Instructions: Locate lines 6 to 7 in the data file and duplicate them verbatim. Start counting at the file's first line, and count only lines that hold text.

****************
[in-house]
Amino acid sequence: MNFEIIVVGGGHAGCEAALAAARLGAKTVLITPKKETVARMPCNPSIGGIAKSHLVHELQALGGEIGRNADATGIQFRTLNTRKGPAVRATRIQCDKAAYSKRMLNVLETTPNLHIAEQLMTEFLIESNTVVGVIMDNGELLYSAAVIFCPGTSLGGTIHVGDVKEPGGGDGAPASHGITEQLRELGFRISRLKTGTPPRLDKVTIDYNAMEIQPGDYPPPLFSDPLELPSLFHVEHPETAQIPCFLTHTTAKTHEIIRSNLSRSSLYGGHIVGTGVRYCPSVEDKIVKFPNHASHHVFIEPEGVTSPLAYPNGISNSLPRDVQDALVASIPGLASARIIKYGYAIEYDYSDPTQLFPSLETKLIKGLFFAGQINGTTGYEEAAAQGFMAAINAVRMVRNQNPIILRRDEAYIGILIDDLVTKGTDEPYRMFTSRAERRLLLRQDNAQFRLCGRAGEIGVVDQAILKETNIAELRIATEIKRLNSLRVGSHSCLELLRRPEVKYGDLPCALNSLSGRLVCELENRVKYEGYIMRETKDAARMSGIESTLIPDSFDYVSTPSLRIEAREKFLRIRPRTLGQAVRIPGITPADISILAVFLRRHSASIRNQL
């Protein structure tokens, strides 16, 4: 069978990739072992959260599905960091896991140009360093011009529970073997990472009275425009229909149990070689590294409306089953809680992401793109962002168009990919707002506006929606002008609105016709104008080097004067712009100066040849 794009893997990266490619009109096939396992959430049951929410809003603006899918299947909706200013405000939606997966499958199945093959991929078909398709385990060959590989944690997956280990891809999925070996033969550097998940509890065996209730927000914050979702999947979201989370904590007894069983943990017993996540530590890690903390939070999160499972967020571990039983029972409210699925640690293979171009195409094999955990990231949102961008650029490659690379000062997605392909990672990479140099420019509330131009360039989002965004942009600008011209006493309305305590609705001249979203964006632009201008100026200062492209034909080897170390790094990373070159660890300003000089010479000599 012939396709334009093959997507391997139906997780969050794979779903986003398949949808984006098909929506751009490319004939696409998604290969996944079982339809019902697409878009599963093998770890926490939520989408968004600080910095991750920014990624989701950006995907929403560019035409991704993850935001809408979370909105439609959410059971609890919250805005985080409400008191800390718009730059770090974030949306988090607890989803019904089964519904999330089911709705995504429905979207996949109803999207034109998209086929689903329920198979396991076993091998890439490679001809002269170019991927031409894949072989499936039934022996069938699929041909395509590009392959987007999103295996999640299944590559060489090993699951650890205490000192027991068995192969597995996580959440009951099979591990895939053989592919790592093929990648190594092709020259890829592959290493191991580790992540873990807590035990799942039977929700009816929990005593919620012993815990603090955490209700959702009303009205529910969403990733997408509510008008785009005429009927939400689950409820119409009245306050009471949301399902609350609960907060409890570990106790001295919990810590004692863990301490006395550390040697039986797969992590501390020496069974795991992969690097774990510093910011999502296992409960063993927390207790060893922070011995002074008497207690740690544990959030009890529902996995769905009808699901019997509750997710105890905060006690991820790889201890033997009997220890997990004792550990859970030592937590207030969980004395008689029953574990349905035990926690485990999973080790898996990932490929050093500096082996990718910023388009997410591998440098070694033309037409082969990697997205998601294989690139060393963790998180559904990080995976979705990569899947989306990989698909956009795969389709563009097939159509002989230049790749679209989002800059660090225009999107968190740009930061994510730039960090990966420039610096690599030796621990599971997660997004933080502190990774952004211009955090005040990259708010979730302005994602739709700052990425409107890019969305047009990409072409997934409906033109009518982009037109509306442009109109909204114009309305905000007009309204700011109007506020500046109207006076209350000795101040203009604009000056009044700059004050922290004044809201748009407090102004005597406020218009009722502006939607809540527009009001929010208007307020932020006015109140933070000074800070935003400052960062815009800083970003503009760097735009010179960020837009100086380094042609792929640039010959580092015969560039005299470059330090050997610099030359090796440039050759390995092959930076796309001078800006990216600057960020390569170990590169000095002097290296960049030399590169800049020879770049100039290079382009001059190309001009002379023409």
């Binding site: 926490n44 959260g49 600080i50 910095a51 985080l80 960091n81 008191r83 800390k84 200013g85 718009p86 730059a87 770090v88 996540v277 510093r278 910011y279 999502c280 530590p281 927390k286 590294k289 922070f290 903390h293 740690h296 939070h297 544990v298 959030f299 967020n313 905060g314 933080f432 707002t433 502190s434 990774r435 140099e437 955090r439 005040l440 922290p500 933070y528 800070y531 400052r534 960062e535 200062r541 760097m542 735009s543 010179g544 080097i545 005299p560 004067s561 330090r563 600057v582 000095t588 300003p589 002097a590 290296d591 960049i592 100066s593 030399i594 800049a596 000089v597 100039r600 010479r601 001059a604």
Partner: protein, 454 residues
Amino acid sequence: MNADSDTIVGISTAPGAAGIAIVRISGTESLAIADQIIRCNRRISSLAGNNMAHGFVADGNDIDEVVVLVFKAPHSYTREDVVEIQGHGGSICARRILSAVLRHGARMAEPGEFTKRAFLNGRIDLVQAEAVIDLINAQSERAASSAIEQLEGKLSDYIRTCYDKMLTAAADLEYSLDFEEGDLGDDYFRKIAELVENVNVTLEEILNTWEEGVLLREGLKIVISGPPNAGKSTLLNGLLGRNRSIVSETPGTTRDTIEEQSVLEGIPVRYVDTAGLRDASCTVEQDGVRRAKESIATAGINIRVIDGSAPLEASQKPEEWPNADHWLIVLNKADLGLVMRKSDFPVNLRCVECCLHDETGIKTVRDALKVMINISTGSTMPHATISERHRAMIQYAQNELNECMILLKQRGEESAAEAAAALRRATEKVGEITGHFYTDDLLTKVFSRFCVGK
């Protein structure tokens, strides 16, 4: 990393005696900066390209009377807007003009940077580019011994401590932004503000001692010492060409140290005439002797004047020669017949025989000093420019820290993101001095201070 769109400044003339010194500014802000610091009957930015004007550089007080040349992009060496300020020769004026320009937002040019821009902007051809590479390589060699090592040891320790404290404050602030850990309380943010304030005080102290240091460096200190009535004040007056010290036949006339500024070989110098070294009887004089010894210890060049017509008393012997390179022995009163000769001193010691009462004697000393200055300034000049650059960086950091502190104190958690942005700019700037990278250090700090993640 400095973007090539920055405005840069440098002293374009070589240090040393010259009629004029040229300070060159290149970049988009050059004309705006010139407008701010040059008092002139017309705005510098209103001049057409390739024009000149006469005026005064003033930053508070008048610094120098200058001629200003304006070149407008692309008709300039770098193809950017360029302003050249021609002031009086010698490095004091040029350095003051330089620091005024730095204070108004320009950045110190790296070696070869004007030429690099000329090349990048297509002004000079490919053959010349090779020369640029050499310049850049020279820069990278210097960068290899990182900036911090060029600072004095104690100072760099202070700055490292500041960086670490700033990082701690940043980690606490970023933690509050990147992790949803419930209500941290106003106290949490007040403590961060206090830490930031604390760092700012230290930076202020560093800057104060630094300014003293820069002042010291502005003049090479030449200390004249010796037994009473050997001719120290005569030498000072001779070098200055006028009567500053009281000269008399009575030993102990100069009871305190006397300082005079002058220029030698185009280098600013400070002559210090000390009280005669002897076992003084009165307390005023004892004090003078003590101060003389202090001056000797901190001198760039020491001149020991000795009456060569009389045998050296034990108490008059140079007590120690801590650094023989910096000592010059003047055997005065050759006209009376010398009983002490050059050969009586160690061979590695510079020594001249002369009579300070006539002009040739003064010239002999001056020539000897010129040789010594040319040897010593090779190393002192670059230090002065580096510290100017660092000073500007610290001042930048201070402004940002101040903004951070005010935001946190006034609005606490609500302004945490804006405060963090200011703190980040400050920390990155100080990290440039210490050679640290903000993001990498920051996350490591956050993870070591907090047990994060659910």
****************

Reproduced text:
Amino acid sequence: MNADSDTIVGISTAPGAAGIAIVRISGTESLAIADQIIRCNRRISSLAGNNMAHGFVADGNDIDEVVVLVFKAPHSYTREDVVEIQGHGGSICARRILSAVLRHGARMAEPGEFTKRAFLNGRIDLVQAEAVIDLINAQSERAASSAIEQLEGKLSDYIRTCYDKMLTAAADLEYSLDFEEGDLGDDYFRKIAELVENVNVTLEEILNTWEEGVLLREGLKIVISGPPNAGKSTLLNGLLGRNRSIVSETPGTTRDTIEEQSVLEGIPVRYVDTAGLRDASCTVEQDGVRRAKESIATAGINIRVIDGSAPLEASQKPEEWPNADHWLIVLNKADLGLVMRKSDFPVNLRCVECCLHDETGIKTVRDALKVMINISTGSTMPHATISERHRAMIQYAQNELNECMILLKQRGEESAAEAAAALRRATEKVGEITGHFYTDDLLTKVFSRFCVGK
């Protein structure tokens, strides 16, 4: 990393005696900066390209009377807007003009940077580019011994401590932004503000001692010492060409140290005439002797004047020669017949025989000093420019820290993101001095201070 769109400044003339010194500014802000610091009957930015004007550089007080040349992009060496300020020769004026320009937002040019821009902007051809590479390589060699090592040891320790404290404050602030850990309380943010304030005080102290240091460096200190009535004040007056010290036949006339500024070989110098070294009887004089010894210890060049017509008393012997390179022995009163000769001193010691009462004697000393200055300034000049650059960086950091502190104190958690942005700019700037990278250090700090993640 400095973007090539920055405005840069440098002293374009070589240090040393010259009629004029040229300070060159290149970049988009050059004309705006010139407008701010040059008092002139017309705005510098209103001049057409390739024009000149006469005026005064003033930053508070008048610094120098200058001629200003304006070149407008692309008709300039770098193809950017360029302003050249021609002031009086010698490095004091040029350095003051330089620091005024730095204070108004320009950045110190790296070696070869004007030429690099000329090349990048297509002004000079490919053959010349090779020369640029050499310049850049020279820069990278210097960068290899990182900036911090060029600072004095104690100072760099202070700055490292500041960086670490700033990082701690940043980690606490970023933690509050990147992790949803419930209500941290106003106290949490007040403590961060206090830490930031604390760092700012230290930076202020560093800057104060630094300014003293820069002042010291502005003049090479030449200390004249010796037994009473050997001719120290005569030498000072001779070098200055006028009567500053009281000269008399009575030993102990100069009871305190006397300082005079002058220029030698185009280098600013400070002559210090000390009280005669002897076992003084009165307390005023004892004090003078003590101060003389202090001056000797901190001198760039020491001149020991000795009456060569009389045998050296034990108490008059140079007590120690801590650094023989910096000592010059003047055997005065050759006209009376010398009983002490050059050969009586160690061979590695510079020594001249002369009579300070006539002009040739003064010239002999001056020539000897010129040789010594040319040897010593090779190393002192670059230090002065580096510290100017660092000073500007610290001042930048201070402004940002101040903004951070005010935001946190006034609005606490609500302004945490804006405060963090200011703190980040400050920390990155100080990290440039210490050679640290903000993001990498920051996350490591956050993870070591907090047990994060659910």